1. My favorite example along this line is from Ken Myers, who points out that, although peaceniks are fond of citing the biblical phrase “swords into plowshares, and spears into pruning hooks” from Isaiah 2, nobody seems to know about the verse in Joel 3 that reverses exactly to “plowshares into swords, and pruning hooks into spears”.


  2. Some of us pacifists know this verse in Romans 12 which says, “leave the wrath to God.”

    I Peter 2– But if when you do good and suffer for it you endure, this is a gracious thing in the sight of God. 21 For to this you have been called, because Christ also suffered for you, leaving you an example, so that you would follow in his steps. 22 He committed no sin, neither was deceit found in his mouth. 23 When he was reviled, he did not revile in return; when he suffered, he did not threaten, but continued entrusting himself to him who judges justly.

    James 1: 20 for the anger of man does not produce the righteousness of God.

    Psalm 76: 10 Surely the wrath of man shall praise you

    Also these Psalms

    Psalm 58:6 O God, break the teeth in their mouths;tear out the fangs of the young lions, O Lord!7 Let them vanish like water that runs away;when he aims his arrows, let them be blunted.
    8 Let them be like the snail that dissolves into slime,
    like the stillborn child who never sees the sun.
    9 Sooner than your pots can feel the heat of thorns,
    whether green or ablaze, may he sweep them away!
    10 The righteous will rejoice when he sees the vengeance;
    he will bathe his feet in the blood of the wicked.

    Psalm 109 Be not silent, O God of my praise!
    2 For wicked and deceitful mouths are opened against me,
    speaking against me with lying tongues.
    3 They encircle me with words of hate,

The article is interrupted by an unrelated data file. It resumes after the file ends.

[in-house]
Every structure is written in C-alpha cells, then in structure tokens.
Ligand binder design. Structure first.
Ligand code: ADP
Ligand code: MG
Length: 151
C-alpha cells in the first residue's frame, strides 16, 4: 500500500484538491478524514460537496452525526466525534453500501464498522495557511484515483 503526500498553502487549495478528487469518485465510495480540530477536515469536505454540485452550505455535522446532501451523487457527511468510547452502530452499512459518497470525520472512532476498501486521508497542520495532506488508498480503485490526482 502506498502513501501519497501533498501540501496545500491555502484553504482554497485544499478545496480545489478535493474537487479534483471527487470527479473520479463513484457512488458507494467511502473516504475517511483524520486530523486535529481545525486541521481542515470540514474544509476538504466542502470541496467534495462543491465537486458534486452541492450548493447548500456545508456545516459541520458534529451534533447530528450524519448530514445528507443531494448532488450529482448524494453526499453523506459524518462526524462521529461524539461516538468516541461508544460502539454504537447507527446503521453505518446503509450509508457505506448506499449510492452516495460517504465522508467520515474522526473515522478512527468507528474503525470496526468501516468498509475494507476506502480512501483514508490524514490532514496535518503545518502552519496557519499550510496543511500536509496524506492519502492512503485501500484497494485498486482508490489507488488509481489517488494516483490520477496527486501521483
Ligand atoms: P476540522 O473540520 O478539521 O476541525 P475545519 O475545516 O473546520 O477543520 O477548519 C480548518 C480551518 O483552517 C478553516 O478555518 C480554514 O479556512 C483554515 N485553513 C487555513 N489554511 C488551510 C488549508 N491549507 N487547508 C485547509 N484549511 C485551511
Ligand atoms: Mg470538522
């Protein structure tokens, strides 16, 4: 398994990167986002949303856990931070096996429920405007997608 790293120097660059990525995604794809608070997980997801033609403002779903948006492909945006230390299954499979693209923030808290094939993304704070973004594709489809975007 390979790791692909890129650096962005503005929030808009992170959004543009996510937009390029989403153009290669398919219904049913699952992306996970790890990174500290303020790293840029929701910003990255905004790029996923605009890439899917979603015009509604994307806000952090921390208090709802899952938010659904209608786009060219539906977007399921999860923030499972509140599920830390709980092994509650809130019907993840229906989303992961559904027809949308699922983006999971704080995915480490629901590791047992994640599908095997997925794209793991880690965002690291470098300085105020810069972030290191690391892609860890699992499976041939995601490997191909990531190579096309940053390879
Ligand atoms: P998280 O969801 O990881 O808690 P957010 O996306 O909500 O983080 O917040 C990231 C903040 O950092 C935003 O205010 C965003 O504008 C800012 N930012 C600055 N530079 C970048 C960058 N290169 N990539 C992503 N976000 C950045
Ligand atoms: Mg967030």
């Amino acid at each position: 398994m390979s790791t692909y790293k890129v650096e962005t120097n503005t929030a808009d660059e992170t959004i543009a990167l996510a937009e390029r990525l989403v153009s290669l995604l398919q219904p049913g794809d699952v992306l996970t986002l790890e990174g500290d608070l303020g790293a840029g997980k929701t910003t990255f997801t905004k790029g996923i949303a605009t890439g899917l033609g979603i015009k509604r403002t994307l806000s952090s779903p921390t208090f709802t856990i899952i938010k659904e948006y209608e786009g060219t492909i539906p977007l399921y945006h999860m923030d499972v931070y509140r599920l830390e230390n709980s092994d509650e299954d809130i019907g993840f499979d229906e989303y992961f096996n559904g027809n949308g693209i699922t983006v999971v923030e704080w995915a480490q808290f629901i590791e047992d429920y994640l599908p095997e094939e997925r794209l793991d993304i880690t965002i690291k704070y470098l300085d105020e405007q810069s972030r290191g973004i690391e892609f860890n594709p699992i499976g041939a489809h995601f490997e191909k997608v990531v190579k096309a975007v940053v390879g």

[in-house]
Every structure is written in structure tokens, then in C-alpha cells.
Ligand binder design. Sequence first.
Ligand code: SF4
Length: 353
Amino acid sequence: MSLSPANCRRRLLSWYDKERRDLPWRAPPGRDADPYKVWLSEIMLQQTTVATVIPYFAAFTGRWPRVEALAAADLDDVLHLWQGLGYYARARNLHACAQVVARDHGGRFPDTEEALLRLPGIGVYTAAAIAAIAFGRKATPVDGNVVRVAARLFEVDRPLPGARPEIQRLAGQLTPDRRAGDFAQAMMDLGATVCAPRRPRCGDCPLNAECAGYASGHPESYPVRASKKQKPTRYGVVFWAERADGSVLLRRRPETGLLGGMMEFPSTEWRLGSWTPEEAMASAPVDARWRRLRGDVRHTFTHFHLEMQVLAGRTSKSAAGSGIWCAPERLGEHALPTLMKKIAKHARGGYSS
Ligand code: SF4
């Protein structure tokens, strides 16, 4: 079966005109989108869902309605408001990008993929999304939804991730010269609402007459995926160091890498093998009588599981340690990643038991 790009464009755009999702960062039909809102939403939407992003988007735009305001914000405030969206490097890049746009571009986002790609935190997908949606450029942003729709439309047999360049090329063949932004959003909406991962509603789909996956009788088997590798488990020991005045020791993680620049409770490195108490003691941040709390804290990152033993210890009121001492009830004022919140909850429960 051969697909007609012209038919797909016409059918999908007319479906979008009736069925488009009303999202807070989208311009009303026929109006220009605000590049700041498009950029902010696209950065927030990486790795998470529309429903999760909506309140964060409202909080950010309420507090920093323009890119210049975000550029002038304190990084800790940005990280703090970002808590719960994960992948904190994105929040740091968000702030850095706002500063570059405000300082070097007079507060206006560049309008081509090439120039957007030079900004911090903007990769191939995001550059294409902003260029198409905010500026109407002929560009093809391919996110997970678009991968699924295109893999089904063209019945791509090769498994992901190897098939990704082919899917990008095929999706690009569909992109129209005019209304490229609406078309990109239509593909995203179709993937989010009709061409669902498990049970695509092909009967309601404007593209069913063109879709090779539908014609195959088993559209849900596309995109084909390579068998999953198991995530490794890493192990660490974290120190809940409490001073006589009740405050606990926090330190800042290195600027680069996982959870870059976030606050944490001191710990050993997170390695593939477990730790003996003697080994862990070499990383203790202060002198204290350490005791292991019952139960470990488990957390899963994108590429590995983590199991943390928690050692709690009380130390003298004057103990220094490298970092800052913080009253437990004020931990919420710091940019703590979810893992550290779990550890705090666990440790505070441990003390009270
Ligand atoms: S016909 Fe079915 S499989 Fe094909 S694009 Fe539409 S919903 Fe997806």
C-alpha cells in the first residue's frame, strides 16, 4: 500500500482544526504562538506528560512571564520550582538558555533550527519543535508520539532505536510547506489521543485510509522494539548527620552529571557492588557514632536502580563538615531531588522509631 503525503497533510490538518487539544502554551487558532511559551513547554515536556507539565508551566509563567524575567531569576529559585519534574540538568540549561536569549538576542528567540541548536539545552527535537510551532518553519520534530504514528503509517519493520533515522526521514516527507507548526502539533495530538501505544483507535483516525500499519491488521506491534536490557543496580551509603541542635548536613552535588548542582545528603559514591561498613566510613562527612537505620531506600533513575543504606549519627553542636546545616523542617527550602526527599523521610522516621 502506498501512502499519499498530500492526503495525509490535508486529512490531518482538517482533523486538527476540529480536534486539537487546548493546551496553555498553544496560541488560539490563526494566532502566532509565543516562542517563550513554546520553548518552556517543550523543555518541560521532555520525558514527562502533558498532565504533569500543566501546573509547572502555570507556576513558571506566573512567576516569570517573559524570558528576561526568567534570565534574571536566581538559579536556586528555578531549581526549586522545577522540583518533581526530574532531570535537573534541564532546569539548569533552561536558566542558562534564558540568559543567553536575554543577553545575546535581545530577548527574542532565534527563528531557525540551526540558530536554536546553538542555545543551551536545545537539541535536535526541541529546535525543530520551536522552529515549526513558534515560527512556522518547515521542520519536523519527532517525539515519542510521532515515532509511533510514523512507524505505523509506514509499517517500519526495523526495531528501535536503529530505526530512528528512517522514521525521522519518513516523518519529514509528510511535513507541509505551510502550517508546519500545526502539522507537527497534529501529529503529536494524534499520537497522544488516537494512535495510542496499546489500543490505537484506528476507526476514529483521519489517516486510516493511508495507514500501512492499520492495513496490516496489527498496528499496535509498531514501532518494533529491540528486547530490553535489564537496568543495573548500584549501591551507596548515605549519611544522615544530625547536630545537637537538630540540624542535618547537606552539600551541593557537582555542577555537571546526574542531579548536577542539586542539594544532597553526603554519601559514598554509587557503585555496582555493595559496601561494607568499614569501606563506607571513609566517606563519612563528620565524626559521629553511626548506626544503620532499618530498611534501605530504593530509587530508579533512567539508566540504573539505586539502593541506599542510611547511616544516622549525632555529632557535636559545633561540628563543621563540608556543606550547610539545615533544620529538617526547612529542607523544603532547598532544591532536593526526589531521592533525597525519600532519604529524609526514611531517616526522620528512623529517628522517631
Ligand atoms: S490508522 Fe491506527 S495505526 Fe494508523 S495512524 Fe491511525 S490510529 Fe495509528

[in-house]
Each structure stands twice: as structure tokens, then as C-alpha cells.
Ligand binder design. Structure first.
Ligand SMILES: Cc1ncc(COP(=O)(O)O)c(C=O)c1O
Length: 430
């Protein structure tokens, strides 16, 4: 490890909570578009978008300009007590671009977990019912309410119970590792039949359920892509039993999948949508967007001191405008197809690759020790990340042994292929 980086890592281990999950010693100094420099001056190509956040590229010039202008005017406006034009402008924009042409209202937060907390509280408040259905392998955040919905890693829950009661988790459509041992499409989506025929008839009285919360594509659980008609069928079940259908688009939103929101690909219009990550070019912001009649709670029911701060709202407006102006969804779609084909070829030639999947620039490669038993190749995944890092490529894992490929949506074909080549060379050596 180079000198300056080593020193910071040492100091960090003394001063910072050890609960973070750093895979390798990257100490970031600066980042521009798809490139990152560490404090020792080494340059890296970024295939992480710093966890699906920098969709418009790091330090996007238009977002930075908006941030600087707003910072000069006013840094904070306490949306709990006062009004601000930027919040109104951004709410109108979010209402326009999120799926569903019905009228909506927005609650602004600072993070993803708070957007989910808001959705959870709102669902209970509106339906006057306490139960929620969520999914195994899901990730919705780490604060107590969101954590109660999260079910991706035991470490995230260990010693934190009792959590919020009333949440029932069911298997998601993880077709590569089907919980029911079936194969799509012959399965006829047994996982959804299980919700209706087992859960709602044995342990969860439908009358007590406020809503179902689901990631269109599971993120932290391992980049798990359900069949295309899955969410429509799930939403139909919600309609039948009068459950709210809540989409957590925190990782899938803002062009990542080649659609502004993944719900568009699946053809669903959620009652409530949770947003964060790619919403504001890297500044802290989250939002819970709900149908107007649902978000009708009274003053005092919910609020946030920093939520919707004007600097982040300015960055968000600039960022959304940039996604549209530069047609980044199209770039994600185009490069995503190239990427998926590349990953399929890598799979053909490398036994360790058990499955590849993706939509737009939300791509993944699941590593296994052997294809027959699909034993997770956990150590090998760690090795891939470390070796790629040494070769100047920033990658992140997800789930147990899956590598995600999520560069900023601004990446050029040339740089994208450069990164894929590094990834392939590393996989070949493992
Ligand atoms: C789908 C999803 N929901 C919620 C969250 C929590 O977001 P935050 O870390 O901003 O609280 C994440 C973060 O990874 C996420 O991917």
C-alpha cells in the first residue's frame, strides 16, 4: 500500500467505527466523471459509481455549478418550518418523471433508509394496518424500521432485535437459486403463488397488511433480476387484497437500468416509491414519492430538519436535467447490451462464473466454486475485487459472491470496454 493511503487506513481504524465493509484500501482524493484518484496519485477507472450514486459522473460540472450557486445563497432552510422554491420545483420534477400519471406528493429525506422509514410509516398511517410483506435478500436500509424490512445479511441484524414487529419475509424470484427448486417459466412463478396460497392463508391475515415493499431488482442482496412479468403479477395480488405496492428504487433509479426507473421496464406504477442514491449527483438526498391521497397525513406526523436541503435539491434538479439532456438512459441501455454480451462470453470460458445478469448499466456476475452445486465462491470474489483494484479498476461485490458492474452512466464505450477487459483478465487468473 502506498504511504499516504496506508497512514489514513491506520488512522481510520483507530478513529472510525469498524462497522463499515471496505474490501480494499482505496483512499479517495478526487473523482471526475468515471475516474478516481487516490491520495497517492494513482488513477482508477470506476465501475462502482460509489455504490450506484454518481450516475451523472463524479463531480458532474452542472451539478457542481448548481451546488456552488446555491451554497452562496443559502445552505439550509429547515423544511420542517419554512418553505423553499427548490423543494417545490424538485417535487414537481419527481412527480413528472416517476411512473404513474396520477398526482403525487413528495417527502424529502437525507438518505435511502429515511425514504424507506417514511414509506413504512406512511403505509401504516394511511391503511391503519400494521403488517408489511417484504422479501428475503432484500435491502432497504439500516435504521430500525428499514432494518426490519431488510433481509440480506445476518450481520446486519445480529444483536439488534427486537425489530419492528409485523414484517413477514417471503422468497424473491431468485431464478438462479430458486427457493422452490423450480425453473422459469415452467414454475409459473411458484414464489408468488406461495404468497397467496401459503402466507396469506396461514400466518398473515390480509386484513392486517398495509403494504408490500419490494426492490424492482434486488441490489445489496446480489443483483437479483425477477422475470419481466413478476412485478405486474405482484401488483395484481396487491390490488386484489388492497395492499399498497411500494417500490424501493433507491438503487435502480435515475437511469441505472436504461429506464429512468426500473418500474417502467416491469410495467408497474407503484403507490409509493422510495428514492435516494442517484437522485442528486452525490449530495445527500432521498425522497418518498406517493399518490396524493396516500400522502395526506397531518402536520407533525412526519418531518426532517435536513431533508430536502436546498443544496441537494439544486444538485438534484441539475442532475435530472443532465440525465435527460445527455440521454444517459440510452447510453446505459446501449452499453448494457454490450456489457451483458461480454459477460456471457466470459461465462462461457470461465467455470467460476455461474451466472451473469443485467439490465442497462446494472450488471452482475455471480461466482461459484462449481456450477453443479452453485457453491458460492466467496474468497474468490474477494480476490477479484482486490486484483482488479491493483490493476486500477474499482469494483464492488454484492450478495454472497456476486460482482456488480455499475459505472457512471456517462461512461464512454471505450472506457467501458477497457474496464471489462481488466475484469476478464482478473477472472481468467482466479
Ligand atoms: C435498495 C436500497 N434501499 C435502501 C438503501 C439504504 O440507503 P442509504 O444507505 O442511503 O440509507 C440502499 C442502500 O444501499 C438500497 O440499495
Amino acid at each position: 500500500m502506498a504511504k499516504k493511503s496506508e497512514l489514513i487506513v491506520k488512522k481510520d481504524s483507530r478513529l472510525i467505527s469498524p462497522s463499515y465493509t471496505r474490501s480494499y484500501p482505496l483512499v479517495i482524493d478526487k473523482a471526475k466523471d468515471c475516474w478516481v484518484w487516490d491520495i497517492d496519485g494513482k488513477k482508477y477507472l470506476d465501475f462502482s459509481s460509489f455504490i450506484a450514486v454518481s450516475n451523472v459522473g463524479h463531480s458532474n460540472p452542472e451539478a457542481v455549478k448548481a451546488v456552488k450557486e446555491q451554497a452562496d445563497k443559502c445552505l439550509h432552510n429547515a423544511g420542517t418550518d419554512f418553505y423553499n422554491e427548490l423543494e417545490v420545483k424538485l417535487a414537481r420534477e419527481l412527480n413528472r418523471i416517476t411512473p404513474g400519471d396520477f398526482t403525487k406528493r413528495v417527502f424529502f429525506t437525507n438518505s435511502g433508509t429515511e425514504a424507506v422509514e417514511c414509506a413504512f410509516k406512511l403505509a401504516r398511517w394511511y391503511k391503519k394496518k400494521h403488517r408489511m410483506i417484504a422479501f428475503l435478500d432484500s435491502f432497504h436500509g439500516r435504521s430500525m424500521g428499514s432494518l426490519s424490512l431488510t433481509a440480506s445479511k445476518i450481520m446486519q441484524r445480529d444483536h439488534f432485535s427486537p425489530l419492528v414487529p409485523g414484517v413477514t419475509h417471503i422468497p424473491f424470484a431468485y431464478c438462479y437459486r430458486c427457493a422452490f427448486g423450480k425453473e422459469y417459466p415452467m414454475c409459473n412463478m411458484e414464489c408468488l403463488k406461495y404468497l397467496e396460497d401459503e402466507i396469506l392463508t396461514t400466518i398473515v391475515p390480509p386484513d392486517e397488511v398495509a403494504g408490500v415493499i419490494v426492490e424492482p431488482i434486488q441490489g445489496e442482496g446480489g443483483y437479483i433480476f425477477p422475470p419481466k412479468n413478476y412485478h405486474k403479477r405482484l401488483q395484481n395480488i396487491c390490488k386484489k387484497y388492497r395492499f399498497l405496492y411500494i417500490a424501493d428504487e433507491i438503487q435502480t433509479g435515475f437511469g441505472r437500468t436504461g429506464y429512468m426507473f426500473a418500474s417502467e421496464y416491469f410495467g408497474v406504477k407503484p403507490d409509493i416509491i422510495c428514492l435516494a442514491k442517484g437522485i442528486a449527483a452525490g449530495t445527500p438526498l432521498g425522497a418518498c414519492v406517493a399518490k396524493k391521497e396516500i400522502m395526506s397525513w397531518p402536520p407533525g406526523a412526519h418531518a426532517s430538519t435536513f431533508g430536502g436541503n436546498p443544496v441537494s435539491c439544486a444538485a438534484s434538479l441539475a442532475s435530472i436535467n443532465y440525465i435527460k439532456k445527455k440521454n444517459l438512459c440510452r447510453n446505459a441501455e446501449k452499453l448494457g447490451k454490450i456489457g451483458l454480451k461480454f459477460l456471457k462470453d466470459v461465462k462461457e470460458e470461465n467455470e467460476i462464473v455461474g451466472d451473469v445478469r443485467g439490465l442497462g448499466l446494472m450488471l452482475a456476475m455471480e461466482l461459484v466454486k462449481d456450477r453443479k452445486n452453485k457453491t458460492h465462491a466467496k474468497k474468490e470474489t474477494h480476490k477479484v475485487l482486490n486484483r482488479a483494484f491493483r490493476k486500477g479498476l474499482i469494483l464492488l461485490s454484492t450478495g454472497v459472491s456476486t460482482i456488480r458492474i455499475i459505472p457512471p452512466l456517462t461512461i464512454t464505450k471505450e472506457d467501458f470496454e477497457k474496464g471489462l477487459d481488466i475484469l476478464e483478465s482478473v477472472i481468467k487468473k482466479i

and attack me without cause.
    4 In return for my love they accuse me,
    but I give myself to prayer.
    5 So they reward me evil for good,
    and hatred for my love.
    6 Appoint a wicked man against him;
    let an accuser stand at his right hand.
    7 When he is tried, let him come forth guilty;
    let his prayer be counted as sin!
    8 May his days be few;
    may another take his office!
    9 May his children be fatherless
    and his wife a widow!
    10 May his children wander about and beg,
    seeking food far from the ruins they inhabit!
    11 May the creditor seize all that he has;
    may strangers plunder the fruits of his toil!
    12 Let there be none to extend kindness to him,
    nor any to pity his fatherless children!
    13 May his posterity be cut off;
    may his name be blotted out in the second generation!
    14 May the iniquity of his fathers be remembered before the Lord,
    and let not the sin of his mother be blotted out!
    15 Let them be before the Lord continually,
    that he may cut off the memory of them from the earth!
    16 For he did not remember to show kindness,
    but pursued the poor and needy
    and the brokenhearted, to put them to death.
    17 He loved to curse; let curses come upon him!
    He did not delight in blessing; may blessing be far from him!
    18 He clothed himself with cursing as his coat;
    may curses soak into his body like water,
    like oil into his bones!


  3. The Jewish rabbis in ad 70 had to eliminate sacrifice in their religion.

    The New Testament teaches that Christ’s death is the final last sacrifice, and that our worship is acceptable “sacrifice” without any need for anymore killing or death.

    But Leithart claims the Constantinian state had no sacrifice, but that the modern state has “re-sacralized” violence, because the modern state is not part of Christendom. I think Leithart is not only too optimistic about the future of this age, but also way too optimistic about what happened with Constantine and with the Roman Catholic institution….